Sunday, May 31, 2009

Obama Defends Sotomayor Racist Remark

Sonia Sotomayor has not yet retracted some of her more offensive remarks. Apparently she lacks the strength to pull her foot out of her mouth long enough to say what she "really" meant. Always a gentleman, Barack Obama has come to her defense.

Her most infamous remark is as follows.

"I would hope that a wise Latina woman with the richness of her experiences would more often than not reach a better conclusion than a white male who hasn't lived that life."

Barack Obama has now stated that "I'm sure she would have restated it" in an interview with NBC News. The only problem is that Sotomayor made the highly prejudicial statement in 2001. She has had ample time since then to blame context, circumstances at the time or demon rum. Even if she had disavowed her remarks, eight years is a long time. As it is, President Obama has disavowed them for her. Somehow, it rings a bit hollow.

"I think that when she's appearing before the Senate committee, in her confirmation process, I think all this nonsense that is being spewed out will be revealed for what it is," Obama stated somewhat testily in the NBC interview.

I hope Obama is right. A confirmation hearing should define the qualifications, judicial philosophy and level of bias of a Supreme court nominee should air any evidence that gives a sense of a candidate's profile in these areas. The American people will live for decades with the consequences of any Supreme Court appointment. A Supreme Court decision can have an immediate impact on the lives of millions of Americans that rivals that of any legislator. If there is any item on the agenda of a Senator that demands cross examination and weighty deliberation, it is the approval of a Supreme Court Justice. Anyone who dmands a hurried rubber stamp on a candidate is nothing more than a judicial huckster.

Opinion of Judge Sotomayor is likely to be divided among partisan lines. Far too much emphasis has been put on her ethnicity and far too little on her judicial philosophy. No one has any right to complain about the treatment of Sotomayor by those who question her judicial philosophy. It should be noted that it was the Democrats who added the verb "bork" to the political lexicon after Robert Bork was subjected to withering interrogation about his political views during confirmation hearings in 1987 which culminated in his rejection.

The precedent of the Bork confirmation hearings as well as the raucous and infamous grilling to which Clarence Thomas was subejected before he was ultimately approved should extinguish any pangs of conscience that believers in the "original intent" school of constitutional interpretation might feel in subjecting Sotomayor to needed scrutiny.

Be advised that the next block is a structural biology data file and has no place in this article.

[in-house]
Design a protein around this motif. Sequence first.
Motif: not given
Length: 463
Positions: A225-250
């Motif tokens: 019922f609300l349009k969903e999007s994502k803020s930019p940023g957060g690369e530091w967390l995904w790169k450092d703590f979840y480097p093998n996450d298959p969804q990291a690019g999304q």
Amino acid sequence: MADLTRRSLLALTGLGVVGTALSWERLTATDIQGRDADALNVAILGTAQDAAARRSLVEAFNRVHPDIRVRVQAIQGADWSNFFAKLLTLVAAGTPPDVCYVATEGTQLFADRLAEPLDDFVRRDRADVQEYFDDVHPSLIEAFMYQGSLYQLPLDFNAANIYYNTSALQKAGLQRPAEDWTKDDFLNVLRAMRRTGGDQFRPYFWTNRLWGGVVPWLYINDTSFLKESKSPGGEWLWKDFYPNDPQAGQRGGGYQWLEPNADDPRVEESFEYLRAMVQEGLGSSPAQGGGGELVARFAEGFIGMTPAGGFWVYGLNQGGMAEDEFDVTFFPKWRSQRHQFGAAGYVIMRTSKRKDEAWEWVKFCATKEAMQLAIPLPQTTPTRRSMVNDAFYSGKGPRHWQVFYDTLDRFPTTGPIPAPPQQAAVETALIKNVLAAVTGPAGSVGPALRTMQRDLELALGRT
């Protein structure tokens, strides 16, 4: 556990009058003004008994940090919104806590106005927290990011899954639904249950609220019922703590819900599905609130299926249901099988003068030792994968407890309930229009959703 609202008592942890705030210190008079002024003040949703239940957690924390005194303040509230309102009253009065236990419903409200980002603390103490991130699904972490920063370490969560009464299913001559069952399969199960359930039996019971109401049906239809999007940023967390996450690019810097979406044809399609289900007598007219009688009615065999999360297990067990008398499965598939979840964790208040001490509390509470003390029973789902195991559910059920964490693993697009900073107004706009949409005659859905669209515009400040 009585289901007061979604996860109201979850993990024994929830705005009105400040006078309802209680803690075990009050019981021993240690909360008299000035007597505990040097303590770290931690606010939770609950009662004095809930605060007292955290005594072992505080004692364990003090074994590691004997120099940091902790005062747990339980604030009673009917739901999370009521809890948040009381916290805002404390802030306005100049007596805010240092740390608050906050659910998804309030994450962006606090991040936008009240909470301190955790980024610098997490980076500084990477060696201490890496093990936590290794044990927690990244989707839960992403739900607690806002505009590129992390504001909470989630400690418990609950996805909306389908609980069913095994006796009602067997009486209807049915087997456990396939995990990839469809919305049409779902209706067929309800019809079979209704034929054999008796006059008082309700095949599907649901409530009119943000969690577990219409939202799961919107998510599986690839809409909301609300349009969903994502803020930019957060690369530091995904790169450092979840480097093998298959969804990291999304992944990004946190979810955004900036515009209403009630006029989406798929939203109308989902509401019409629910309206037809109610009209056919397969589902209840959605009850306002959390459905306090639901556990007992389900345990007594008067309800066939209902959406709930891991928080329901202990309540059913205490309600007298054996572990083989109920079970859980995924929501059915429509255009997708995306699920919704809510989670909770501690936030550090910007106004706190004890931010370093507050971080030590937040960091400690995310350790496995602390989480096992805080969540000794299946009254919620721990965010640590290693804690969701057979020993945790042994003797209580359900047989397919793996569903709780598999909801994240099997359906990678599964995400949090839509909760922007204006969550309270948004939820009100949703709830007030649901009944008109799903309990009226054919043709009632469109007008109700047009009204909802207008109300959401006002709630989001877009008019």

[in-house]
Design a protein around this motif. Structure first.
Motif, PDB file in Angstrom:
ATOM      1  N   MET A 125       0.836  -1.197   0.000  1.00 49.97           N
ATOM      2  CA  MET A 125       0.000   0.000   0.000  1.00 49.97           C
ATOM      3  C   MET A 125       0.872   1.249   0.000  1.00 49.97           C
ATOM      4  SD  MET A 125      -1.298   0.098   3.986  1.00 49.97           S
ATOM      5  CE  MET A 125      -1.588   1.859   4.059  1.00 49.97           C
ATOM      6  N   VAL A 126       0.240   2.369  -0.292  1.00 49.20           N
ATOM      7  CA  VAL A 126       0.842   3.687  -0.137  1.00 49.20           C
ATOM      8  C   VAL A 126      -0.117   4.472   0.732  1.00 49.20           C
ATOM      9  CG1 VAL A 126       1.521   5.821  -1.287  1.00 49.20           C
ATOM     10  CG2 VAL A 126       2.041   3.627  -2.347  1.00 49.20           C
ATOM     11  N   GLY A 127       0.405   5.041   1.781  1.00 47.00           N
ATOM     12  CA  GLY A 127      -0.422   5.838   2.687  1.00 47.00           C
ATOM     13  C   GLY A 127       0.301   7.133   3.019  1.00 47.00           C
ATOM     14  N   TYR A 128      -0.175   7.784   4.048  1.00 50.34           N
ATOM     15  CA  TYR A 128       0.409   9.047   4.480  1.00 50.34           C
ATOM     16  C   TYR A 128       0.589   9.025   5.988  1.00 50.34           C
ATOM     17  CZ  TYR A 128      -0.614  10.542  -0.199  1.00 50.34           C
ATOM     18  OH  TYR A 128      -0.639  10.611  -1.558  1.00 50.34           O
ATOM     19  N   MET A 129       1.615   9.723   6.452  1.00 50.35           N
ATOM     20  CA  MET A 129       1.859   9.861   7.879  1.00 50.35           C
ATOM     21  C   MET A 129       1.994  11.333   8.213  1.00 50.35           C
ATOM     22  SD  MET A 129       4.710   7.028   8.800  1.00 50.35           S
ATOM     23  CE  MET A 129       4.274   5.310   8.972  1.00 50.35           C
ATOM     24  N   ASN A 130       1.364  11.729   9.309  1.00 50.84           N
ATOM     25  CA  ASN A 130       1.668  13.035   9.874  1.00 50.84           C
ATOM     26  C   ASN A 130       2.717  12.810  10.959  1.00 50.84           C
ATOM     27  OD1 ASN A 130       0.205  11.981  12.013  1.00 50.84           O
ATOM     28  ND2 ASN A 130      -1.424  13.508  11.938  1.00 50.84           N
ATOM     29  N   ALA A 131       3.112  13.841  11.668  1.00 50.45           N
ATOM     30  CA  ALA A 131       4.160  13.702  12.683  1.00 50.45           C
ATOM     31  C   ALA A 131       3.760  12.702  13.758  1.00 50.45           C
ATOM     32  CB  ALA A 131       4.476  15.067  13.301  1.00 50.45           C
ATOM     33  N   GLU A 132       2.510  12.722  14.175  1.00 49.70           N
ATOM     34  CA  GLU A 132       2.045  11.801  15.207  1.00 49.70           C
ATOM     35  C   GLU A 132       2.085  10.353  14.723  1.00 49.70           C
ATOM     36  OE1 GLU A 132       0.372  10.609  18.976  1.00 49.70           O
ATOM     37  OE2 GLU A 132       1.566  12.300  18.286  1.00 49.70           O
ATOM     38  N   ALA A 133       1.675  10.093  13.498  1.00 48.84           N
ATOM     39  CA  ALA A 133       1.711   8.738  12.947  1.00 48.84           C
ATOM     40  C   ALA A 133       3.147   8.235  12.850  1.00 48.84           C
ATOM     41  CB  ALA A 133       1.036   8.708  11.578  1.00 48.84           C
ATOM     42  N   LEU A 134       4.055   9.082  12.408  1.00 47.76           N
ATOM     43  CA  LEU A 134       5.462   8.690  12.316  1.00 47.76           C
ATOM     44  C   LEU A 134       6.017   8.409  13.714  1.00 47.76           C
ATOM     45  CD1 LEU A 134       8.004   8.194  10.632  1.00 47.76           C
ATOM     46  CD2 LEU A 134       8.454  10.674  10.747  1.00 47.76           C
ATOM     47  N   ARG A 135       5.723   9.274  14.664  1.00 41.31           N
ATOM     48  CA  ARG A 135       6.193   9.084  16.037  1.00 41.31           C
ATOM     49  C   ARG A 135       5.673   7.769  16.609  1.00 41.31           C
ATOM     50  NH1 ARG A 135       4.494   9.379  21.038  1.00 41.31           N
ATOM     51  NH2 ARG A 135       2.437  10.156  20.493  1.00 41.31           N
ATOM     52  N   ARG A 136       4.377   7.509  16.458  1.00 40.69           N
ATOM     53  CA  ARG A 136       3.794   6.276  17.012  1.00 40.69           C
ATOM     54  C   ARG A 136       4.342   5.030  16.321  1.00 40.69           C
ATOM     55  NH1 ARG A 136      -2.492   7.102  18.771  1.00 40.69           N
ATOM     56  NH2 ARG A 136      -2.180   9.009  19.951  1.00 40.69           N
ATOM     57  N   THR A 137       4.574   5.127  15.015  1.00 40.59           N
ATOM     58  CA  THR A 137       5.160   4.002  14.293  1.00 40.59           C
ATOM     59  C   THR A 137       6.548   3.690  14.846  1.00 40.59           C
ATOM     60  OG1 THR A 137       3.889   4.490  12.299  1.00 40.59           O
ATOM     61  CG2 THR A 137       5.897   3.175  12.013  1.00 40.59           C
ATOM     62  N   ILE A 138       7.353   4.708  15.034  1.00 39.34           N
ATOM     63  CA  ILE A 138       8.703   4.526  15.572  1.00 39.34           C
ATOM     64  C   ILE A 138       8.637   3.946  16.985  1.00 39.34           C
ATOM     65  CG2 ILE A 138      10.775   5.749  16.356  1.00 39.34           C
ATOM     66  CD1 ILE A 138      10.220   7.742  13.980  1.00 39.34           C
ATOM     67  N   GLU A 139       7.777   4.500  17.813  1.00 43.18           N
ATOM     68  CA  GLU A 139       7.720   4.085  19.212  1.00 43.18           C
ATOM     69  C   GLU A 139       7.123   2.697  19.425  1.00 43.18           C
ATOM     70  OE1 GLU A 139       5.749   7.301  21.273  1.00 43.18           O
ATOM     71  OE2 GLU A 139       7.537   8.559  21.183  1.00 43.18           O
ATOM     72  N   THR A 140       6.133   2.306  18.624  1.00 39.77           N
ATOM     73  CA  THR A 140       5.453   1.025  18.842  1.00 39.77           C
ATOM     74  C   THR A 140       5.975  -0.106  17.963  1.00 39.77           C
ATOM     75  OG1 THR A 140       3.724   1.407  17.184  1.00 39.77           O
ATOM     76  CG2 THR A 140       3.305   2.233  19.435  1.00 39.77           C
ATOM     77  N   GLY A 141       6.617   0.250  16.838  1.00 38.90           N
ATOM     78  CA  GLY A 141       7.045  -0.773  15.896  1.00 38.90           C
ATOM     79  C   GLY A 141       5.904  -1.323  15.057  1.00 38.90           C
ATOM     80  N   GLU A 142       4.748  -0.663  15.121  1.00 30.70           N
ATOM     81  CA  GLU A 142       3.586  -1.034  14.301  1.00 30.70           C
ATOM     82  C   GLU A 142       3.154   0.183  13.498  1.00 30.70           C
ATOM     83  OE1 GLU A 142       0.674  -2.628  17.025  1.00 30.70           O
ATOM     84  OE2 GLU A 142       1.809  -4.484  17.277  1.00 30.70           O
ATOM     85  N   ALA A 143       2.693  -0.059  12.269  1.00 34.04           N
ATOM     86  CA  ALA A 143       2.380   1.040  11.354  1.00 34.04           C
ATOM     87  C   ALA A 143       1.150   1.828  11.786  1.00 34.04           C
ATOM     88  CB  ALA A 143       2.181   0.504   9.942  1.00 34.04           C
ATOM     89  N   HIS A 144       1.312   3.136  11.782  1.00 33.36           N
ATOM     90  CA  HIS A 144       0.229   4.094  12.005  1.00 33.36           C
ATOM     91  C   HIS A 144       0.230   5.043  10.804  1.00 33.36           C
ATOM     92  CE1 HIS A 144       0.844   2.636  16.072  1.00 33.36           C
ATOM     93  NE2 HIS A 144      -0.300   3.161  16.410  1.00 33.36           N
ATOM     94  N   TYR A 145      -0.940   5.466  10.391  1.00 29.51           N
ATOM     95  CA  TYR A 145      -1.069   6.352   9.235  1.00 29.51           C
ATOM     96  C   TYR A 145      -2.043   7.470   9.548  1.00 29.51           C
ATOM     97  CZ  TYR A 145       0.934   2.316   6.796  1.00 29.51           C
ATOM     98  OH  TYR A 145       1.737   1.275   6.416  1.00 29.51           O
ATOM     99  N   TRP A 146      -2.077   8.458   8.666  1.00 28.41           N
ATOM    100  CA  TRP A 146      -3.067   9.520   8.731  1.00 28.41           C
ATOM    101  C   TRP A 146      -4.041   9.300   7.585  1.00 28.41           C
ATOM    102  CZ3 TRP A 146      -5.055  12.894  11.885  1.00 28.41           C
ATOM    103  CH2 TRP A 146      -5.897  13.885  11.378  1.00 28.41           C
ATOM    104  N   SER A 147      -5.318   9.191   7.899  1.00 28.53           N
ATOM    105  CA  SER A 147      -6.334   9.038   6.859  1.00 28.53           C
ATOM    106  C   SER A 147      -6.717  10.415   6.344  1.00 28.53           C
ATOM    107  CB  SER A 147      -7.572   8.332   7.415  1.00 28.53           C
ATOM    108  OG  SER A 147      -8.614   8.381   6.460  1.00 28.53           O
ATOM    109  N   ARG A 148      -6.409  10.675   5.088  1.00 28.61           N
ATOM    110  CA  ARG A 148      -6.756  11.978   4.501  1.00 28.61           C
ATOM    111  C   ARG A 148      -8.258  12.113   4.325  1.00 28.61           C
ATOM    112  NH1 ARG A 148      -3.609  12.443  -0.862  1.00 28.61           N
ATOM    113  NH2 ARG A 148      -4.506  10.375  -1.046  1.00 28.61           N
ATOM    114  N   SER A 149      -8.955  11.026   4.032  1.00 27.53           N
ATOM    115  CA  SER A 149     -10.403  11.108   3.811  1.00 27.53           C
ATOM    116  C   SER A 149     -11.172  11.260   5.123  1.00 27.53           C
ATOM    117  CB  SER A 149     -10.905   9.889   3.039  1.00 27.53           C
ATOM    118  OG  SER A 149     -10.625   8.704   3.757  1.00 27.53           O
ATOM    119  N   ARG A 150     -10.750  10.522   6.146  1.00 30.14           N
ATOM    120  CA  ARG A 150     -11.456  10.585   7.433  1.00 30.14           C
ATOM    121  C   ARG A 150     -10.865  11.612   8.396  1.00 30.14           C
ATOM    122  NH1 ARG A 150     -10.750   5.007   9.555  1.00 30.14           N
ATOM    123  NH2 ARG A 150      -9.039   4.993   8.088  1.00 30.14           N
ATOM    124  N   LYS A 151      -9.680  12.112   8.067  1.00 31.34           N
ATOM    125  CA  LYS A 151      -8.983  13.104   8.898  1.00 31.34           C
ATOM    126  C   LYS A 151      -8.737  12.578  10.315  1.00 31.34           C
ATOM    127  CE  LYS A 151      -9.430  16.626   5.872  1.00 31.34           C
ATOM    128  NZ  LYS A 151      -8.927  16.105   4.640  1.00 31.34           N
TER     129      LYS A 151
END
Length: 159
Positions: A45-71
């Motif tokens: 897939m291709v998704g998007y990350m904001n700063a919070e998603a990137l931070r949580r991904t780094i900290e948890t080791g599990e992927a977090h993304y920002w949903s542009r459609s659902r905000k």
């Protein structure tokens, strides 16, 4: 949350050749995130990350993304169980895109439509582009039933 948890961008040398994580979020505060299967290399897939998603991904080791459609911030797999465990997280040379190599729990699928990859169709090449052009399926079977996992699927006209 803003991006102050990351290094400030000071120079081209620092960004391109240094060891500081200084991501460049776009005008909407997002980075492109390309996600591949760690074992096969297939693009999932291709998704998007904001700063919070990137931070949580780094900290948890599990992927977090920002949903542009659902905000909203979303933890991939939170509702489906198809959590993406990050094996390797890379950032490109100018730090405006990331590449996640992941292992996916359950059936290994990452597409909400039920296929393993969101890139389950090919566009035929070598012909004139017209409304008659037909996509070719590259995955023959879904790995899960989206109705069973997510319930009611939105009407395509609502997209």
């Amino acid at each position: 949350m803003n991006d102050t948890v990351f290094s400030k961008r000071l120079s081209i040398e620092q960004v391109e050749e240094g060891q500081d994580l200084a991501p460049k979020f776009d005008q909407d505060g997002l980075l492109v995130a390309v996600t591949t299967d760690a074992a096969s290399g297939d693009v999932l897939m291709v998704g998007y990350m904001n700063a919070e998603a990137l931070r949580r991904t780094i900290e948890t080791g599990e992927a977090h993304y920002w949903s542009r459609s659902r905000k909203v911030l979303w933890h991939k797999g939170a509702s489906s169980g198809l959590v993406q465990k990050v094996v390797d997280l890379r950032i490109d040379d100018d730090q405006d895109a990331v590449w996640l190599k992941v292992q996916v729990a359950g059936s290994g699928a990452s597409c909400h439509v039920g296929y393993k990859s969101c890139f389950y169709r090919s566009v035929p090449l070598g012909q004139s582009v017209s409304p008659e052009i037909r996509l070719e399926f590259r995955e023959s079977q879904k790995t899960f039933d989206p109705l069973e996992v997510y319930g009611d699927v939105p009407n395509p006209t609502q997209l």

Americans are belatedly waking up to the fact that an Senatorial and Presidential elections are really elections to the Supreme Court. those who take "original intent" seriously now face an uphill battle with a President and majority party that tend towards judicial activism. Defeating such a corrosive agenda will certainly be an uphill battle.

There are vast sections of the African American and Hispanic communities that are deeply conservative on a wide range of issues. The opponents of Proposition 8 in California in 2008, which legally defined marriage as consisting of a man and a woman got a rude awakening to this fact when African American voters who turned out in large numbers to vote for Barack Obama also defeated gay marriage. The New American Dimensions blog reported as follows on the voter breakdown.

"According to exit polls, African-Americans in California supported proposition 8, which repealed same-sex marriages that had been legal in the state since May by a 3-1 margin. Black support for 8 was larger than any other group, including Hispanics, who were essentially split on the issue. It’s not clear that blacks alone gave prop 8 it’s margin of victory (blacks represented only 10 percent of the electorate on November 4, and for all groups it was voters over 65 who strongly favored prop 8)."

The Democrats and those who believe in "legislating from the bench" are eager to use African American and Hispanic jurists as ethnic cover for their agenda. The only way to fight this is to build a coalition across ethnic lines to defend the constitution and traditional values as seen across the ethnic spectrum. Anyone who has seen African American and Hispanic parents who struggle to educate their children in church schools knows that there is a constituency that is begging for mobilisation and leadership.

The Sotomayor Supreme court nomination will be difficult to derail. But the coalition to oppose it could be a potent political force in future Supreme Court nomination battles. Even if the battle seems hopeless, we should not back down.

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